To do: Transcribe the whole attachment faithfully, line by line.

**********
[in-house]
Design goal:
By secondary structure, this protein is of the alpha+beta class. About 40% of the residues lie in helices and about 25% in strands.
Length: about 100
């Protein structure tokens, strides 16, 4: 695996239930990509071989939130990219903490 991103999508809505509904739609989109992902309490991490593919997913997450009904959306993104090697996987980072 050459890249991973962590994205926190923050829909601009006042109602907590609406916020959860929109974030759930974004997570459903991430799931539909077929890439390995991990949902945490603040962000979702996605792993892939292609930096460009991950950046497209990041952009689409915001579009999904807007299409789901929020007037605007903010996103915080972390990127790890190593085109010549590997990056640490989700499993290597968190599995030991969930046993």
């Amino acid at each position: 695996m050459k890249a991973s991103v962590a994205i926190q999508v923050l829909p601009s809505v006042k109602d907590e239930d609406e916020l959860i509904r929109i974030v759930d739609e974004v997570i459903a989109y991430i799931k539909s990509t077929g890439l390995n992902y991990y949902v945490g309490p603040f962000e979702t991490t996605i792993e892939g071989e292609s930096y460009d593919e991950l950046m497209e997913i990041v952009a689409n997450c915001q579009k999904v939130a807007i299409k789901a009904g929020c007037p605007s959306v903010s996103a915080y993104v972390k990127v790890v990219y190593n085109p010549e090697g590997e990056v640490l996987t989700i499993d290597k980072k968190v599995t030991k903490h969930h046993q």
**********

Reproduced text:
[in-house]
Design goal:
By secondary structure, this protein is of the alpha+beta class. About 40% of the residues lie in helices and about 25% in strands.
Length: about 100
């Protein structure tokens, strides 16, 4: 695996239930990509071989939130990219903490 991103999508809505509904739609989109992902309490991490593919997913997450009904959306993104090697996987980072 050459890249991973962590994205926190923050829909601009006042109602907590609406916020959860929109974030759930974004997570459903991430799931539909077929890439390995991990949902945490603040962000979702996605792993892939292609930096460009991950950046497209990041952009689409915001579009999904807007299409789901929020007037605007903010996103915080972390990127790890190593085109010549590997990056640490989700499993290597968190599995030991969930046993």
């Amino acid at each position: 695996m050459k890249a991973s991103v962590a994205i926190q999508v923050l829909p601009s809505v006042k109602d907590e239930d609406e916020l959860i509904r929109i974030v759930d739609e974004v997570i459903a989109y991430i799931k539909s990509t077929g890439l390995n992902y991990y949902v945490g309490p603040f962000e979702t991490t996605i792993e892939g071989e292609s930096y460009d593919e991950l950046m497209e997913i990041v952009a689409n997450c915001q579009k999904v939130a807007i299409k789901a009904g929020c007037p605007s959306v903010s996103a915080y993104v972390k990127v790890v990219y190593n085109p010549e090697g590997e990056v640490l996987t989700i499993d290597k980072k968190v599995t030991k903490h969930h046993q």